Each person must choose between God and the world, God and mammon. This is the eternal, unchangeable condition of choice that can never be evaded – no, never in all eternity. No one can say, “God and the world, they are not, after all, so absolutely different. One can combine them both in one choice.” This is to refrain from choosing. When there is a choice between two, then to want to choose both is just to shrink from the choice “to one’s own destruction” (Heb. 10:39) No one can say, “one can choose a little mammon and also God as well.” No, it is presumptuous ridicule of God if someone thinks that only the person who desires great wealth chooses mammon. Alas, the person who insists on having a penny without God, wants to have a penny all for himself. He thereby chooses mammon. A penny is enough, the choice is made, he has chosen mammon: that it is little makes not the slightest difference.
The love of God is hatred of the world and love of the world he hatred of God. This is the colossal point of contention, either love or hate. This is the place where the most terrible fight must be fought. And where is this place? In a person’s innermost being. Whether the struggle is over millions or over a penny it is a matter of loving and preferring God – the most terrible fight is the struggle for the highest. What immeasurable happiness is promised to the one who rightly chooses. If anyone is unable to understand this, the reason is that he is unwilling to accept that God is present in the moment of choice, not in order to watch but in order to be chosen. Therefore, each person must choose. Terrible is the battle, in a person’s innermost being, between God and the world. The crowning risk involved lies in the possession of choice.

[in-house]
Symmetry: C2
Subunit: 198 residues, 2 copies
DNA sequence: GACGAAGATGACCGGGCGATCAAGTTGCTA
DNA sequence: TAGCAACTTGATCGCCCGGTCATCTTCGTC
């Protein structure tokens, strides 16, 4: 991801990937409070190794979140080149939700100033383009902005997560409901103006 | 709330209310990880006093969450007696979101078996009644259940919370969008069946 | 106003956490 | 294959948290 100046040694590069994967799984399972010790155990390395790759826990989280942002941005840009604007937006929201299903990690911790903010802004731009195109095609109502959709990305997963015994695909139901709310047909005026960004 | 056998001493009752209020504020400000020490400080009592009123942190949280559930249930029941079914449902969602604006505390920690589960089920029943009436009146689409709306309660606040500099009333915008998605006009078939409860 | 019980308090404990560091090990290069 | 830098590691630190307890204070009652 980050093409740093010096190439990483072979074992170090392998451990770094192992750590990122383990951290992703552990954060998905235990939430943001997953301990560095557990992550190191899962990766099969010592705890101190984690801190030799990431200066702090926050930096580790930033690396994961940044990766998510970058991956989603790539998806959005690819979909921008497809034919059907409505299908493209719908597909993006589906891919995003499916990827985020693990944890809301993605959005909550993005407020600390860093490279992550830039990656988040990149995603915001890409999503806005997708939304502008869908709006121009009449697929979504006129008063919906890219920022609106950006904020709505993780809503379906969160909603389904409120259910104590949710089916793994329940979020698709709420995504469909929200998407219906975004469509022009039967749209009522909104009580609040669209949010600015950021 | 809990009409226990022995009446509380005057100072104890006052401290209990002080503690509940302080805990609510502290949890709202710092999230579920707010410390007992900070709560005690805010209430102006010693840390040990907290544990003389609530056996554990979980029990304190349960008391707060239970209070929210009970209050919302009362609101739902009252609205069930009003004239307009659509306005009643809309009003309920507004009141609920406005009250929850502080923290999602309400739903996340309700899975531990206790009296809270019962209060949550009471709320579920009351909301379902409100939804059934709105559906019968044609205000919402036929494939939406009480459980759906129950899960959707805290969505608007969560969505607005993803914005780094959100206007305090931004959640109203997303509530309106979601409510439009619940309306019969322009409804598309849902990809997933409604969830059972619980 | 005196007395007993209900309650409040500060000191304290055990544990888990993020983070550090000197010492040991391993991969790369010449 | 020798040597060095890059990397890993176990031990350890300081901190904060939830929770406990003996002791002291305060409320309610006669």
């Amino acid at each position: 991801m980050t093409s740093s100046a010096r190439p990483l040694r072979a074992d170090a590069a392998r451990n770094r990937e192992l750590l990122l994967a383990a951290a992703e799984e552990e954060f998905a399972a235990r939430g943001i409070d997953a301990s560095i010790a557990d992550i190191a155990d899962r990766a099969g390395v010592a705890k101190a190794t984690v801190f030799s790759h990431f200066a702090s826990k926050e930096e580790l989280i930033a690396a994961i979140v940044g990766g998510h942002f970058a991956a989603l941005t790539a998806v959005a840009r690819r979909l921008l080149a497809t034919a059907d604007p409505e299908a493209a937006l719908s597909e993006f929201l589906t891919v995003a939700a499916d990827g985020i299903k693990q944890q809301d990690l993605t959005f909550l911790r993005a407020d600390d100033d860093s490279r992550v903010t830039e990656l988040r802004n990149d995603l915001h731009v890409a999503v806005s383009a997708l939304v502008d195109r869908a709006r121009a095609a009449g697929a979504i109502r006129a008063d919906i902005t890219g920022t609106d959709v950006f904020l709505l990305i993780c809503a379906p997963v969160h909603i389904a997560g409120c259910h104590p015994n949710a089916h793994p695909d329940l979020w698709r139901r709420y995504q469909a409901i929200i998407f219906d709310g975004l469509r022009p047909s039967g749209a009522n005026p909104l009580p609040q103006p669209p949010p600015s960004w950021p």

-Soren Kierkegaard, in “Provocations” (A free download to Kindle at this link or to order… well worth it.)